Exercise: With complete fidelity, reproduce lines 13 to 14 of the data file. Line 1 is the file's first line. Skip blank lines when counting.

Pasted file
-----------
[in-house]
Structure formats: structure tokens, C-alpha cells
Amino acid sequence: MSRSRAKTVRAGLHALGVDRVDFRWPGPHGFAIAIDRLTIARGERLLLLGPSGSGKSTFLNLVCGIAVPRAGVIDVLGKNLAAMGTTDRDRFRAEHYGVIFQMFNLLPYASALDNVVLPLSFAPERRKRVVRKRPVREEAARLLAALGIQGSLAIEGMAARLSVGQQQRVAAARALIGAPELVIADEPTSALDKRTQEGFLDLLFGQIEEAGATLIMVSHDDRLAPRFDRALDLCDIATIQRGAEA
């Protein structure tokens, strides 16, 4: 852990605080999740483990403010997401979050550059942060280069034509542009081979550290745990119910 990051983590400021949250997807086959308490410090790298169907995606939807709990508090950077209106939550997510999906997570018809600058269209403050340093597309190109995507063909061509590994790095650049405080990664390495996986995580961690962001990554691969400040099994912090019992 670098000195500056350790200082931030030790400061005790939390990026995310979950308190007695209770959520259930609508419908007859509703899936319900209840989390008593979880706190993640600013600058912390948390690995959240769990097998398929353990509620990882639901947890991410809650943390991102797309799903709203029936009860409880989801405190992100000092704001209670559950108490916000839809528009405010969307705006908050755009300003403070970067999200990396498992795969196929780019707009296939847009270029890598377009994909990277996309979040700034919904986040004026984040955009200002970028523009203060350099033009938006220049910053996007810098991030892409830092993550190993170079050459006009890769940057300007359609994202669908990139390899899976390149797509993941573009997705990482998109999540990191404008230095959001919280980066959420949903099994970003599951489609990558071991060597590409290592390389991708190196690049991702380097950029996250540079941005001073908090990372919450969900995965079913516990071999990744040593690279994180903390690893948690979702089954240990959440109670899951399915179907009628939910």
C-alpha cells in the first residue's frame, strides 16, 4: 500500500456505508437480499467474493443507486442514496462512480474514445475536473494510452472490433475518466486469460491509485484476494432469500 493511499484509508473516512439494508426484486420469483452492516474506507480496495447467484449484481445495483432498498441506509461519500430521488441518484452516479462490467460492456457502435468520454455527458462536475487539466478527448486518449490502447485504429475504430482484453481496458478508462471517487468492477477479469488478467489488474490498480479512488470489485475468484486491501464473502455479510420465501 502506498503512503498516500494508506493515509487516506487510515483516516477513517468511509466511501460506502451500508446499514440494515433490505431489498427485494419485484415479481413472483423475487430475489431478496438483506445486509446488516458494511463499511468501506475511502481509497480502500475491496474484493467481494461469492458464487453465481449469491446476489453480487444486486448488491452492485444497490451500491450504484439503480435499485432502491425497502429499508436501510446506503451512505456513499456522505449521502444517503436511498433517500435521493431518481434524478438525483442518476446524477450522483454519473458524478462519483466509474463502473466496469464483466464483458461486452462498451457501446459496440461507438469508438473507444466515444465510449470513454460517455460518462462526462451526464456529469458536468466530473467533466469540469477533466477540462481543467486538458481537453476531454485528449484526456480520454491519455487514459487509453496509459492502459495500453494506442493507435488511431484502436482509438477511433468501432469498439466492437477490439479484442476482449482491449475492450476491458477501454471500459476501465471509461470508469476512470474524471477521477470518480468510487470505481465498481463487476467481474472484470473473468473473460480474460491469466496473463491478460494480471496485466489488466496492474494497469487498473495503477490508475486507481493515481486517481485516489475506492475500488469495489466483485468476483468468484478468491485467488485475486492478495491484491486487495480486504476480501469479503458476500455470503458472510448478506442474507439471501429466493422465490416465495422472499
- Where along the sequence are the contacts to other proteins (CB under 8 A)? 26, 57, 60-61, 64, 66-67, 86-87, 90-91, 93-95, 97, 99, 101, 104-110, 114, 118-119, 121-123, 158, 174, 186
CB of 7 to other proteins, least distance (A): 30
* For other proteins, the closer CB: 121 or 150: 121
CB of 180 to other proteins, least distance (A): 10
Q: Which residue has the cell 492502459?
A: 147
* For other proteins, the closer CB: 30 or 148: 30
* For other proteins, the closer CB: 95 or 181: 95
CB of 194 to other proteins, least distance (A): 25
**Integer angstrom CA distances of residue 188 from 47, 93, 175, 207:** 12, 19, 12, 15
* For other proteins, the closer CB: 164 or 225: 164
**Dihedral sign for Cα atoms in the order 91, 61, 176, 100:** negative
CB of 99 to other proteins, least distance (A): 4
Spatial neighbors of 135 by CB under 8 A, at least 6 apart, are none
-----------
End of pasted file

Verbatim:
* For other proteins, the closer CB: 95 or 181: 95
CB of 194 to other proteins, least distance (A): 25